Starting your own business is one of those things that looks relatively simple from the outside yet is anything but.
Of course, some obstacles are always to be expected – after all they’re the ones that teach us the most and make the growth journey satisfying – but certain issues, oftentimes stemming from unnecessary bureaucracy and outdated systems, can be enough to kill an entrepreneur’s drive.
Fyorin Co-Founder and CEO James Camilleri experienced this first hand, and now he’s on a mission to stop it.
“During our past ventures as a co-founding team, we experienced the pain point that businesses have to go through to achieve a tailored business banking approach. If you’re operating internationally, the pain point is even bigger,” James tells MaltaCEOs.mt.
“Research also shows that this product is true across various industries around the world,” he continues.
What this means, James says, is that “SMEs are craving better business banking.”
The ‘one-size-fits-all’ solution that financial institutions have on offer is pushing SMEs into a fragmented financial market wherein they have to deal with multiple financial providers.
As a consequence of this, businesses are being forced to invest heavily in tech to be able to get tailor-made and seamless services that fit their current operations or processes.
“So, then what happens if you don’t have the necessary tech resources? The answer is that, according to third-party research, 90 per cent of businesses worldwide accept the status quo and settle for a one-size-fits-all solution from their financial provider,” James highlights.
“A big part of the reason behind this is that financial institutions, which are the backbone behind every fintech innovator, are still struggling to keep up with the demands of modern business,” he adds.
It is because of this climate that James and his team kickstarted Fyorin, a platform that can “help financial institutions to leverage on their existing network of SMEs in bringing to market faster and more innovative financial products.”
Fyorin does this through what is referred to as a Business Banking Network Scheme, that is, a platform which connects financial and non-financial providers from around the world through a single network.
“Members on our network can then leverage the capabilities of other members on the network to deliver better business banking capabilities to their network of SMEs,” James describes.
“We are not a bank or a financial provider, but our services on the platform are directly being offered by members of our network. Fyorin’s solution makes the interaction between members on the network seamless and frictionless through the use of AI,” he continues.
James and his team brought this idea to life back in summer 2020 – in the midst of the pandemic. Whilst, for many, that would seem like career suicide, COVID-19 actually worked in Fyorin’s favour.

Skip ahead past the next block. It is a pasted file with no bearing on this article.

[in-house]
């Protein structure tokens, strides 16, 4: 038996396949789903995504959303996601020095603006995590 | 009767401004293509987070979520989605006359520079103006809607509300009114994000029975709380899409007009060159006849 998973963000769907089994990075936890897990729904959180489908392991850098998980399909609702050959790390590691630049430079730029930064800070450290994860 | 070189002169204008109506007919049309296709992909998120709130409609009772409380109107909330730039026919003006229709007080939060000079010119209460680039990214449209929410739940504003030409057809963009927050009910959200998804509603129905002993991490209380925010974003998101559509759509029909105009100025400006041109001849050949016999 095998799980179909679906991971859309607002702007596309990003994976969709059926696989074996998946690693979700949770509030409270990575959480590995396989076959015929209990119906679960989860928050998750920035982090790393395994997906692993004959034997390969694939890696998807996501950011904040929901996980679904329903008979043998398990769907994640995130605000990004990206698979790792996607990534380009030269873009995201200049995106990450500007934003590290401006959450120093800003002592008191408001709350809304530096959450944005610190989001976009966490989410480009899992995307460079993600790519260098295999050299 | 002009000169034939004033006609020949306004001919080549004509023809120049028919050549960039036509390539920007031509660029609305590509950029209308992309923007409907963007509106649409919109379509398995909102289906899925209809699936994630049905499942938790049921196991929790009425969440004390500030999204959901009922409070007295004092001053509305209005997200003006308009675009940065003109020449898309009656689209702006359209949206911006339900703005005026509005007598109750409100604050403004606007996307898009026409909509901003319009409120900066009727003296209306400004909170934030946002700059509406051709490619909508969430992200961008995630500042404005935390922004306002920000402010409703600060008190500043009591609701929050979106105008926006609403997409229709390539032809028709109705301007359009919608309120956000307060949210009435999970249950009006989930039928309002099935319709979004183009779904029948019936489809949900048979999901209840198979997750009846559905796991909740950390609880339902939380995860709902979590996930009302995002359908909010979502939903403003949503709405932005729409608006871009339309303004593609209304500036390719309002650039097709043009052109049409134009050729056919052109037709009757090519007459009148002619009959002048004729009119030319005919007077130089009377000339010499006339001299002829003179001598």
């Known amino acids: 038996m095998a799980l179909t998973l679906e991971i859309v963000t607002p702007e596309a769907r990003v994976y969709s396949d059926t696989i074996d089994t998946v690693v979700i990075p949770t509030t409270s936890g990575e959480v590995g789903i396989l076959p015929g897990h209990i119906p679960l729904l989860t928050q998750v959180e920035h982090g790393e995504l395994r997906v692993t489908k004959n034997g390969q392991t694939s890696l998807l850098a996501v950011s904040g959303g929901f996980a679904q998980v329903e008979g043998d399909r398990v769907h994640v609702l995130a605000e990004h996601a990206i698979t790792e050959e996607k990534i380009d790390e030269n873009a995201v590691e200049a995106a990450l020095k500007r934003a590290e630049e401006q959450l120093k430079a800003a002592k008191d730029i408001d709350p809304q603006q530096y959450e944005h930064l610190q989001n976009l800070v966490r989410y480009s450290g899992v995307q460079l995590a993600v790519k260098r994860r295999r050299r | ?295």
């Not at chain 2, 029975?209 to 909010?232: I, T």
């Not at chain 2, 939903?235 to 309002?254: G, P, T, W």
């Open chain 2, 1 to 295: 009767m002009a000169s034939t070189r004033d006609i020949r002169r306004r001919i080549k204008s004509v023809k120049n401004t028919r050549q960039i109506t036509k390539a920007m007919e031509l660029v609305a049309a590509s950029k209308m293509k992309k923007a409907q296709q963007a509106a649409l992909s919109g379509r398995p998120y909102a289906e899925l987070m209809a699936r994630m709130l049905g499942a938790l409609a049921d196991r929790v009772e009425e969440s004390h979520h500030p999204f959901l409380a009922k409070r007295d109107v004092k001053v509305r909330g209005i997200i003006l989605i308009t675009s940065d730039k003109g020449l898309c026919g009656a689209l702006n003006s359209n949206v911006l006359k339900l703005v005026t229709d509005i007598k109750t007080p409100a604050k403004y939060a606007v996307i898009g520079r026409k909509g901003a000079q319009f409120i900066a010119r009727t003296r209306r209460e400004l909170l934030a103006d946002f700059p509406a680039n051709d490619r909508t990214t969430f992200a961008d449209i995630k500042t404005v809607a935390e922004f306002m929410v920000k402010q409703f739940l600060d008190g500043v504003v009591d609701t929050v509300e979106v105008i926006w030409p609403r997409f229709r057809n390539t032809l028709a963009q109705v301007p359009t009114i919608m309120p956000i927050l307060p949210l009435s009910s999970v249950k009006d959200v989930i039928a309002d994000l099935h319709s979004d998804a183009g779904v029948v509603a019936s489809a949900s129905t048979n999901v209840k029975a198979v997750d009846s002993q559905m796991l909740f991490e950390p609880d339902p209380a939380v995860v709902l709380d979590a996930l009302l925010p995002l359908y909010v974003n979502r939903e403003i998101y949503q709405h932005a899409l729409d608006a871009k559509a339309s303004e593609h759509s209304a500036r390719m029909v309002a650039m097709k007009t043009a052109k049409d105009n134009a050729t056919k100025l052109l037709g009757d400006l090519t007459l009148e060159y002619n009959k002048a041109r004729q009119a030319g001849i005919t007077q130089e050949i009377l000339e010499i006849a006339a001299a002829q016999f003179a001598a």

“The pandemic created a sense of urgency among businesses and financial institutions to shift their business banking operations digitally. On the other hand, it also exposed cracks in how broken business banking is at all levels,” James recalls.
Since its foundation, it’s safe to say that Fyorin has come a long way.
“From just an idea, we developed the system from the ground up, got funded from Malta Enterprise, and hired our first employees. In the meantime, we were working with SMEs and financial institutions to validate our idea,” James says.
“All the feedback we were getting in was helping us to shape up our proposition to the market, but most importantly, it was helping us identify the segments we should initially target,” he continues.
One can say that Fyorin’s rise to success can be partially attributed to Malta’s recent ‘start-up boom’ – however James highlights that there’s still a lot that can be done for small businesses locally.
“On the positive side, I think the size of Malta is perfect for a start-up to test and launch a product. Having everything nearby means that you are closer to your customer and you get a fast feedback loop,” the CEO says.
“On the other hand, Malta is still developing its start-up ecosystem, however it’s making giant steps. A catalyst to this is Malta Enterprise, which we benefitted from greatly. The organisation is filling a big gap in the market for start-ups – that is, access to funding. For a start-up like ours, this is crucial,” he continues.
Given his experience, James envisions Malta’s start-up ecosystem to undergo significant improvements in the years to come. He substantiates this by saying that more and more entrepreneurs are taking the plunge and launching their ideas abroad – allowing Venture Capital firms to become more aware of the local ecosystem.
What makes Fyorin’s mission so unique is that is seeking to solve an issue that very few have even attempted to fix before. Whilst this makes for a very enticing product, it also poses its fair number of challenges.
“The business model we are adopting is fairly new to the industry, so we had to convince several financial institutions to join our network,” James recalls.
“However, through perseverance, we did manage. Now we’re happy to say that, within a couple a couple of months, we brought six financial institutions onto our network, giving us global reach from day one. We also have several others in the pipeline that are in the process of joining our network,” he continues.
Thinking of the future, James notes the sheer scale of Fyorin’s mission – that of making business banking as easy as ‘sending an email’.
“It’s a long journey, however we’re tackling it piece by piece. We believe that with the right team, technology, and trust from our network partners, clients, and investors, we can achieve it,” he concludes.
James Camilleri / bemags.coom
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Family businesses account for more than 70% of Malta’s SMEs, and are hence vital components of the local economy.